Nuclear Power Plant Gösgen

23 Jan. 2010

A very pleasant and reasonably priced lunch was had at the local Beiz in Däniken, the Rebstock, accompanied by a local white wine based on Pinot Noir – you don’t often find that. From there several people walked for ca. 20 minutes and others drove to the Kernkraftwerk Gösgen (KKG), and by the appointed starting time of 1430 almost all of us (20) had arrived.

The first part was a 10-15 min. Disney-Avatar-like multimedia whopper of how important electricity is in our daily lives, followed by a proper introduction to the facilities at Däniken. The KKG is a 1’000 megawatt reactor, one of two large ones in Switzerland. KKG celebrated its 30th anniversary last year; it supplies 13% of the electricity of all of Switzerland. KKG operates 11 months of the year and shuts down in June (the month when Swiss consumption is lowest and hydro power is pretty high) for refueling, maintenance, etc. During its 24/7 operation nine people run the whole show, and their job is to read newspapers and play cards, because everything should be running constantly and smoothly.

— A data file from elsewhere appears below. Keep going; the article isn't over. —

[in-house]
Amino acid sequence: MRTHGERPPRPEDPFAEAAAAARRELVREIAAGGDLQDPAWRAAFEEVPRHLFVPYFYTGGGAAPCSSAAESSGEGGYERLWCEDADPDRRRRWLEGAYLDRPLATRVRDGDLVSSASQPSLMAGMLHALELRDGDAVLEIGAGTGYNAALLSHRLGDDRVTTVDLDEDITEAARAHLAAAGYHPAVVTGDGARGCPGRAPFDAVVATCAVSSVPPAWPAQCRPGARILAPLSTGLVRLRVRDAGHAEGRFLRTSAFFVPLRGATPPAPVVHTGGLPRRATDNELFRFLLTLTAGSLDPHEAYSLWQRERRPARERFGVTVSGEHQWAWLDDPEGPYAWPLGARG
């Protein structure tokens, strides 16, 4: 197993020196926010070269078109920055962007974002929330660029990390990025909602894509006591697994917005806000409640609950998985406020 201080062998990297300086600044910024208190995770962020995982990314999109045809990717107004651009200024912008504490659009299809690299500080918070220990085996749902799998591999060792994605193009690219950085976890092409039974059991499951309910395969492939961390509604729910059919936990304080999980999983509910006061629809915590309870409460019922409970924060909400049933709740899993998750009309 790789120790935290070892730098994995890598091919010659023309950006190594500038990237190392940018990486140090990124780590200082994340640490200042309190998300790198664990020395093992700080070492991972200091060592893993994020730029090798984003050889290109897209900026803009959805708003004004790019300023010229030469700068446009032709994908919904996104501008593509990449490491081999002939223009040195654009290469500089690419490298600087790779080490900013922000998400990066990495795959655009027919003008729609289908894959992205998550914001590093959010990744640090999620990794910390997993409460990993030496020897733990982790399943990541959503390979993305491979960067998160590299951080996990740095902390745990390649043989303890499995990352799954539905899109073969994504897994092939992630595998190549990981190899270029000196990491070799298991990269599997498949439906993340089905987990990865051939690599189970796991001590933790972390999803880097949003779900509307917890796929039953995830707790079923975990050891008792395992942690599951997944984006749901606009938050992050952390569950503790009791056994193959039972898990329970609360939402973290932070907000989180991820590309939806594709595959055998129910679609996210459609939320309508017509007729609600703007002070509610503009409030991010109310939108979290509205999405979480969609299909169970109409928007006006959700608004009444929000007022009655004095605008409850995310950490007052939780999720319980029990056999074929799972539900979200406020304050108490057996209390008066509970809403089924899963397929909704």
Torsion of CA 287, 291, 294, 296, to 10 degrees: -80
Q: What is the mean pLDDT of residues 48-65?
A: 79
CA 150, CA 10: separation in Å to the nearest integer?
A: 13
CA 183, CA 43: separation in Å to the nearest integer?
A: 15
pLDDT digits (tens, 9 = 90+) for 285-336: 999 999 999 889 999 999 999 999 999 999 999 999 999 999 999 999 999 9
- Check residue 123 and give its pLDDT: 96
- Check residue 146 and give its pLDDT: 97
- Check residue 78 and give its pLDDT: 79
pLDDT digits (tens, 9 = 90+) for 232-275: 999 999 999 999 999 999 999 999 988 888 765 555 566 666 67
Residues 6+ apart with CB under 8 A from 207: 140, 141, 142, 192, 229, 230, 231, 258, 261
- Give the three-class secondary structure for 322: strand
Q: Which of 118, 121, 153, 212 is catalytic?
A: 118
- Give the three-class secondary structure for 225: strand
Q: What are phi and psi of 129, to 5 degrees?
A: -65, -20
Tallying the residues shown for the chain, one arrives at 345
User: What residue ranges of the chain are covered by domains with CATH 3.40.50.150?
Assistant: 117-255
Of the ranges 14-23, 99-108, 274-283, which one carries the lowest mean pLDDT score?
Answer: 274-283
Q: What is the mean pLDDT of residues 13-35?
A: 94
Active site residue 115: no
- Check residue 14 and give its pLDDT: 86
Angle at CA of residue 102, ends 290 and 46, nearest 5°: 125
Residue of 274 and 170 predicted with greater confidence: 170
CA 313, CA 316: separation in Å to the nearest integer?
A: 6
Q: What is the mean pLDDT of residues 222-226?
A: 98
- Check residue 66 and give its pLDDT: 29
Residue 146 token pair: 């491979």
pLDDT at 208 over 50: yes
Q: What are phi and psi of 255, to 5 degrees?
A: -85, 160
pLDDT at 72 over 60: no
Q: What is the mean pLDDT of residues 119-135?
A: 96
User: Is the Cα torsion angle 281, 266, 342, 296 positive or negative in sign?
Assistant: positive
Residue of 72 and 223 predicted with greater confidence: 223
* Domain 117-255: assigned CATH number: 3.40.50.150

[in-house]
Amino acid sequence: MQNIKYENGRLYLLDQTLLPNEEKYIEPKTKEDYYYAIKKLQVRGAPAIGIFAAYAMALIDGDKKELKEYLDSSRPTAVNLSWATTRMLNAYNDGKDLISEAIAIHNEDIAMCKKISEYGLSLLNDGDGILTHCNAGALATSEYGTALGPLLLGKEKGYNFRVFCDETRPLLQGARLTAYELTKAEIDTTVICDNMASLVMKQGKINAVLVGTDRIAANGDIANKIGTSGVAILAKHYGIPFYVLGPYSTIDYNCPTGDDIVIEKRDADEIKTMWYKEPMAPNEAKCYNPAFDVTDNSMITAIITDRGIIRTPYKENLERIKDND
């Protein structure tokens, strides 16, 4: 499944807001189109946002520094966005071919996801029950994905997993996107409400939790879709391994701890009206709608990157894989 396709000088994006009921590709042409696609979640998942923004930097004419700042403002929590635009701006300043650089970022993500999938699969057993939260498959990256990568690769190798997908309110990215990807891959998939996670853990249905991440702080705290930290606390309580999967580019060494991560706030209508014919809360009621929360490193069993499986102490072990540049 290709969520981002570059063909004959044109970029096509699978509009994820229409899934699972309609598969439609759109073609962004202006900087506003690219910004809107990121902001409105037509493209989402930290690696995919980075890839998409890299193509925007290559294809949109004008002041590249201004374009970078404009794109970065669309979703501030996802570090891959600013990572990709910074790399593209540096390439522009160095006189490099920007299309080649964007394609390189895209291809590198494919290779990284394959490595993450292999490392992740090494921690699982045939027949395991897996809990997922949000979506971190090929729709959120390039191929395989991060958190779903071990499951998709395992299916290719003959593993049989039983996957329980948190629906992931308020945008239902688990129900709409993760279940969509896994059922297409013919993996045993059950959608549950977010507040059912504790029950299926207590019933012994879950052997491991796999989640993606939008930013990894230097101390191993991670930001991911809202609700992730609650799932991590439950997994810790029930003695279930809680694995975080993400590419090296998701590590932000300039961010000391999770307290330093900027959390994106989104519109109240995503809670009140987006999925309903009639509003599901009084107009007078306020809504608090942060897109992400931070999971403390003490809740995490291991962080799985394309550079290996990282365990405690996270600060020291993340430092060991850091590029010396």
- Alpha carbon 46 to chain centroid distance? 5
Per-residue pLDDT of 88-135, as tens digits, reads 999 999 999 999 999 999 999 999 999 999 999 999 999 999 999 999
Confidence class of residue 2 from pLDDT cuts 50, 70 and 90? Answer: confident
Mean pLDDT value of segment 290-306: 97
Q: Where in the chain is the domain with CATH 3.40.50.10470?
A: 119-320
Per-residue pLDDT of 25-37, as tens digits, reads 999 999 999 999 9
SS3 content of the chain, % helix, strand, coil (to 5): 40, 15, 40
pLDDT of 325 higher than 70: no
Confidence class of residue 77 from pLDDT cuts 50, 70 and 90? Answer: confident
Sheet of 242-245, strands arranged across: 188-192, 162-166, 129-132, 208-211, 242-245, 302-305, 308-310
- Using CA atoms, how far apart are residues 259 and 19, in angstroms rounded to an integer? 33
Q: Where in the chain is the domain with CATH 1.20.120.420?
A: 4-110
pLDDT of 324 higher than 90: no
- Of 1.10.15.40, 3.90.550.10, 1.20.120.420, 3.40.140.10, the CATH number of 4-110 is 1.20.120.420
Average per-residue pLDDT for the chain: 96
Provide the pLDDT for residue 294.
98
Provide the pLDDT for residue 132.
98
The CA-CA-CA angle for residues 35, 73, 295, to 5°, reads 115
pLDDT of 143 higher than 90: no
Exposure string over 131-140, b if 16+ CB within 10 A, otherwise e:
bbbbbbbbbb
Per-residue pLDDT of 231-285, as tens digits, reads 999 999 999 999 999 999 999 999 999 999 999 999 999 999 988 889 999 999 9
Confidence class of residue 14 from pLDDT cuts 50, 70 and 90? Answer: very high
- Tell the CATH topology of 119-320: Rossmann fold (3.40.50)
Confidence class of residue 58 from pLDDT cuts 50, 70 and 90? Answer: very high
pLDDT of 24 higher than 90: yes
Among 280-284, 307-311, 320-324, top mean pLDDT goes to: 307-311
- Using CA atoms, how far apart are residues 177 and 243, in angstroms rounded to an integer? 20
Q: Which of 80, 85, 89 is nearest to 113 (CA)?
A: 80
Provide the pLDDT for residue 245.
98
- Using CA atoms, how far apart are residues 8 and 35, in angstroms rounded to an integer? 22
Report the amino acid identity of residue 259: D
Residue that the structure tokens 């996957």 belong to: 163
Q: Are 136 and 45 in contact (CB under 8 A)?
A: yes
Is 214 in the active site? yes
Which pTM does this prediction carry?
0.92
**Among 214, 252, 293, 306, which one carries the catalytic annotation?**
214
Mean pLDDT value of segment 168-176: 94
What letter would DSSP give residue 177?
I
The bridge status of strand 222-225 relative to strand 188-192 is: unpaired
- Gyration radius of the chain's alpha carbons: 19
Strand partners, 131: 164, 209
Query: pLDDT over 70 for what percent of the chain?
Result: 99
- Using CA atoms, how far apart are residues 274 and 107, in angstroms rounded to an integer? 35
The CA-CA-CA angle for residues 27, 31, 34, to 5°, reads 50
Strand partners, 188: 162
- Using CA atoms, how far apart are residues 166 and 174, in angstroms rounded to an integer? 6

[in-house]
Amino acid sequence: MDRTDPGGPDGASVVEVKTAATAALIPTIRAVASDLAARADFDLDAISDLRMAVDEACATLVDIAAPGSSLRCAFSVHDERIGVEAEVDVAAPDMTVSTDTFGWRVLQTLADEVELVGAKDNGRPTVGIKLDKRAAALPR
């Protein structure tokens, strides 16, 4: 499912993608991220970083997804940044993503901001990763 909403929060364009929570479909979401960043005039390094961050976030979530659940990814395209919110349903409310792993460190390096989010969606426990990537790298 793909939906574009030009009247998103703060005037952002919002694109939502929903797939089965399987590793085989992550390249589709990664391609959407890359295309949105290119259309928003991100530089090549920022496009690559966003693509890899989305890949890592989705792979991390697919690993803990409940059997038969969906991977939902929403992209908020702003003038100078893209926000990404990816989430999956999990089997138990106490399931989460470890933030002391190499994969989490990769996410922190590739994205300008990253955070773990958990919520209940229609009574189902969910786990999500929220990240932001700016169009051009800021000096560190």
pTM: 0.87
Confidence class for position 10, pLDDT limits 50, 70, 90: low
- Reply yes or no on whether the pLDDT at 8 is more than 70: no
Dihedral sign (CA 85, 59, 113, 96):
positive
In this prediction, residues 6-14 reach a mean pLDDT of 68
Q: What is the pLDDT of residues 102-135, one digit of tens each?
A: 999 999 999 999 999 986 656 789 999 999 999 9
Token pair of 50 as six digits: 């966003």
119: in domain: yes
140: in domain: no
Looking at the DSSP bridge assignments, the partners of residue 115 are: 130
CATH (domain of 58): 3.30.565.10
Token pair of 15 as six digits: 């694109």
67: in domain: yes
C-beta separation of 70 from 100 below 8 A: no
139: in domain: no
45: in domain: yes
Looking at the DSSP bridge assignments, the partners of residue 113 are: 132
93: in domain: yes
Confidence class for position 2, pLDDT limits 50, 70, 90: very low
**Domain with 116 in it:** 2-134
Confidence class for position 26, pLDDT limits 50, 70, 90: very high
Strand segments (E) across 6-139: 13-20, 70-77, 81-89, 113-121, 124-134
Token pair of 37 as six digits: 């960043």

The plant costs slightly more than CHF 1 million per day to operate and produces electricity at a cost of roughly CHF 0.045/kWh; in comparison, solar power is estimated at 0.60 and wind energy at 0.13. It is owned mainly by electric companies and partly by the cities of Berne and Zürich. All in all, a super visit!

Howard Hornfeld